Madonna faces social media backlash over Rio police photo

Madonna faces social media backlash over Rio police photo

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Madonna posted the photo on social media before it was reposted by the official Rio military police Twitter

Madonna has caused a social media controversy in Brazil by posting a photo of herself dressed in army camouflage fatigues with military police in Rio de Janeiro.

The photograph was shared on Wednesday, two days after Rio military police shot dead a Spanish tourist leaving the Rocinha favela on Monday.

Rocinha has been the site of frequent shoot-outs in recent weeks between rival drug gangs.

Madonna was spending a few days in Rio after attending her manager’s wedding, which she also Tweeted about.

‘Madonna has no idea’

Madonna’s Instagram post of the photo attracted comments from many in Brazil who were unhappy.

Among the replies, one said Madonna needed to “explain” the picture, another called the picture “inappropriate,” and a third said the photo showed “disrespect” to Brazilians.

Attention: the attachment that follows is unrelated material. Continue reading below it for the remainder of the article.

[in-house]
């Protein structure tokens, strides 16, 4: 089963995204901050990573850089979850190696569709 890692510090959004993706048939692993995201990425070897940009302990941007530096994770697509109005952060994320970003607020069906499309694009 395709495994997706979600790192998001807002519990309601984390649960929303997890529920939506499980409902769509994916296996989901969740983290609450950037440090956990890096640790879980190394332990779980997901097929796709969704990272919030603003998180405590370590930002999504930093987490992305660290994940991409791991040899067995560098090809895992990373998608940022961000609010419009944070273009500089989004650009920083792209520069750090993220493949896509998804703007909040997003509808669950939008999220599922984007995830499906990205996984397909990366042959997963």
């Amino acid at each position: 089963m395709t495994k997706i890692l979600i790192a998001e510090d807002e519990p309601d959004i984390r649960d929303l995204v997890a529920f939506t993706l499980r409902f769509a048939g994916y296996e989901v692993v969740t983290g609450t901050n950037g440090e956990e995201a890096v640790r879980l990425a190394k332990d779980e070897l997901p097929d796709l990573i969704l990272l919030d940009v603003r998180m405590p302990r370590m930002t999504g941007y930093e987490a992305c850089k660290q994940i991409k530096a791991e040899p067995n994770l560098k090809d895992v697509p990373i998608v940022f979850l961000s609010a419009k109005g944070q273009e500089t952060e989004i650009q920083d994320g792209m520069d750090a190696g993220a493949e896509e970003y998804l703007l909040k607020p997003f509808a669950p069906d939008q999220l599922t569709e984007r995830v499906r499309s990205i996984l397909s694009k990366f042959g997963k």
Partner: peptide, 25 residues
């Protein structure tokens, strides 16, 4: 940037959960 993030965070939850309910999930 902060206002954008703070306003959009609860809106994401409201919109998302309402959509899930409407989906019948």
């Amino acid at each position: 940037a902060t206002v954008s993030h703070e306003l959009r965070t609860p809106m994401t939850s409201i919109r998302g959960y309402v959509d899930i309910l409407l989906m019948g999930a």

Soon after the image was uploaded to social media, it was posted by the official military police account of Rio de Janeiro:

In response, one person asked if the photo meant Madonna was receiving a “police escort” in the favela, while another wondered if a Brazilian celebrity visiting the United States would have been “protected” by the police.

Marco Gomes, a Brazilian technologist, simply tweeted “Madonna does not have a clue”.

Meanwhile, @brunoomasc asked why there was interest at all as Madonna “decided by herself to go” to the favela.

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Media captionMadonna wears a camouflage dress to the Met Gala to promote “peace on Earth”.

The response was not all negative. Marimelo029 commented on the Instagram post they “loved” the photo, and ios_samara called for people to “thank” Madonna for visiting the beleaguered favela, drawing parallels with the pop star’s charity work.

Madonna has a history of supporting good causes, particularly in Malawi, from where she has adopted four children.

This includes opening a centre to feed and educate 32,000 orphans, followed by her Raising Malawi charity opening a children’s hospital in July this year, named for her daughter, Mercy James.

By Tom Gerken, UGC & Social News, and Ricardo Acampora, BBC Brazil

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